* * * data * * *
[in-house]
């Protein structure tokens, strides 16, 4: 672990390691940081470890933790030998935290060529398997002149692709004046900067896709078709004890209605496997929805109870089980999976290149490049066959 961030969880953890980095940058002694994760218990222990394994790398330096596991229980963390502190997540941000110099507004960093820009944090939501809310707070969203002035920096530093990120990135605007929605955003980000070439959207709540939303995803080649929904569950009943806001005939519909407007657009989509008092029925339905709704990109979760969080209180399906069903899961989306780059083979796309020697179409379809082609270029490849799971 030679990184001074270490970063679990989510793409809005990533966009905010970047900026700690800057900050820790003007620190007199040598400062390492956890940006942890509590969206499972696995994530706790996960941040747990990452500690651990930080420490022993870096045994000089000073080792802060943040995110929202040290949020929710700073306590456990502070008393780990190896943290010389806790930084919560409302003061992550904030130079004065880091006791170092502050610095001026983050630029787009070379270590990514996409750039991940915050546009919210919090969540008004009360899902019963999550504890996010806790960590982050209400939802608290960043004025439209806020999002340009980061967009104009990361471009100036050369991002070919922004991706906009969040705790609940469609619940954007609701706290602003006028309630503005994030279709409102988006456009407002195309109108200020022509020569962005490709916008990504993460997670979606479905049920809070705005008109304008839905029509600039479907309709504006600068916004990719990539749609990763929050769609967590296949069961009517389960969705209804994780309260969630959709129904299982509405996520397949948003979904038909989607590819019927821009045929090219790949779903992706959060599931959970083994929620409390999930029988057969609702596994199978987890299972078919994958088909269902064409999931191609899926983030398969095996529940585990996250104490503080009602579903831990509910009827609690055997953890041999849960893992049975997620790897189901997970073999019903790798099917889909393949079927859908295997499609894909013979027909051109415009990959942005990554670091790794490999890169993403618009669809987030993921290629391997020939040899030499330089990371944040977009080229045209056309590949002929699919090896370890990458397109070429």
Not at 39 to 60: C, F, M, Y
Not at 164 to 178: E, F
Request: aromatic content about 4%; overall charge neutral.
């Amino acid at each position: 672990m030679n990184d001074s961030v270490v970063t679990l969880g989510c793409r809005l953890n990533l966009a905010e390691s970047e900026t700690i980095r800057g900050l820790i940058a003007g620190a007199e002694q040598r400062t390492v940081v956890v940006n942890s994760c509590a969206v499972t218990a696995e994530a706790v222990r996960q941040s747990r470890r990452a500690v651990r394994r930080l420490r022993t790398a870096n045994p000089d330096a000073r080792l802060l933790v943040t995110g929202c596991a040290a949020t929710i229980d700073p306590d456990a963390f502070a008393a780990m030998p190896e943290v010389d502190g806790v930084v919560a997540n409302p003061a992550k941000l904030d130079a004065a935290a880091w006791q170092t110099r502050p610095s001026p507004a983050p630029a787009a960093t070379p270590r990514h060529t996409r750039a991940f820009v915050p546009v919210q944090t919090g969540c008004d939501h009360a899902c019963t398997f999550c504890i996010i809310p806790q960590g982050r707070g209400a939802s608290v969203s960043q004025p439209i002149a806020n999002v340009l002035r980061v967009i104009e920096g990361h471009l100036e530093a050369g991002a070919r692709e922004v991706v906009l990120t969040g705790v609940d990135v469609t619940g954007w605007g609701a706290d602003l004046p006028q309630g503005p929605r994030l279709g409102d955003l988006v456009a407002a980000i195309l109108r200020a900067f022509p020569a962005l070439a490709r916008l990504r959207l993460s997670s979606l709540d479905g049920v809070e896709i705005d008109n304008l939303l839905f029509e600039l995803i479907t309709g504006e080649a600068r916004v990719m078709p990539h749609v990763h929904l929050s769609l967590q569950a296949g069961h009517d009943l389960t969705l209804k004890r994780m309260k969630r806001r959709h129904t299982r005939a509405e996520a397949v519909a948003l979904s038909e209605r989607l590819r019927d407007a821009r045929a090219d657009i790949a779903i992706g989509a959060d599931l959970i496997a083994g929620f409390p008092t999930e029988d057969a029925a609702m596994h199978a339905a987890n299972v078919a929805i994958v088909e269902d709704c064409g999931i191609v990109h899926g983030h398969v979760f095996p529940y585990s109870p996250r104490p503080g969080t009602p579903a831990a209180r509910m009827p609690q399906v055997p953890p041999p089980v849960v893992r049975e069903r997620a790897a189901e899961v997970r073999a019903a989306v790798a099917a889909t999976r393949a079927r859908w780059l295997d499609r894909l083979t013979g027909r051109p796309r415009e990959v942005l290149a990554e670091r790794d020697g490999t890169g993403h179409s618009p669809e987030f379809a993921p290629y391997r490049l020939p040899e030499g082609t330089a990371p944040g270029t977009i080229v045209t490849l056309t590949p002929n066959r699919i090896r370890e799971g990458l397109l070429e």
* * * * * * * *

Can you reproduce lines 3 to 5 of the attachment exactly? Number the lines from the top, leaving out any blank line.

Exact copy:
Not at 39 to 60: C, F, M, Y
Not at 164 to 178: E, F
Request: aromatic content about 4%; overall charge neutral.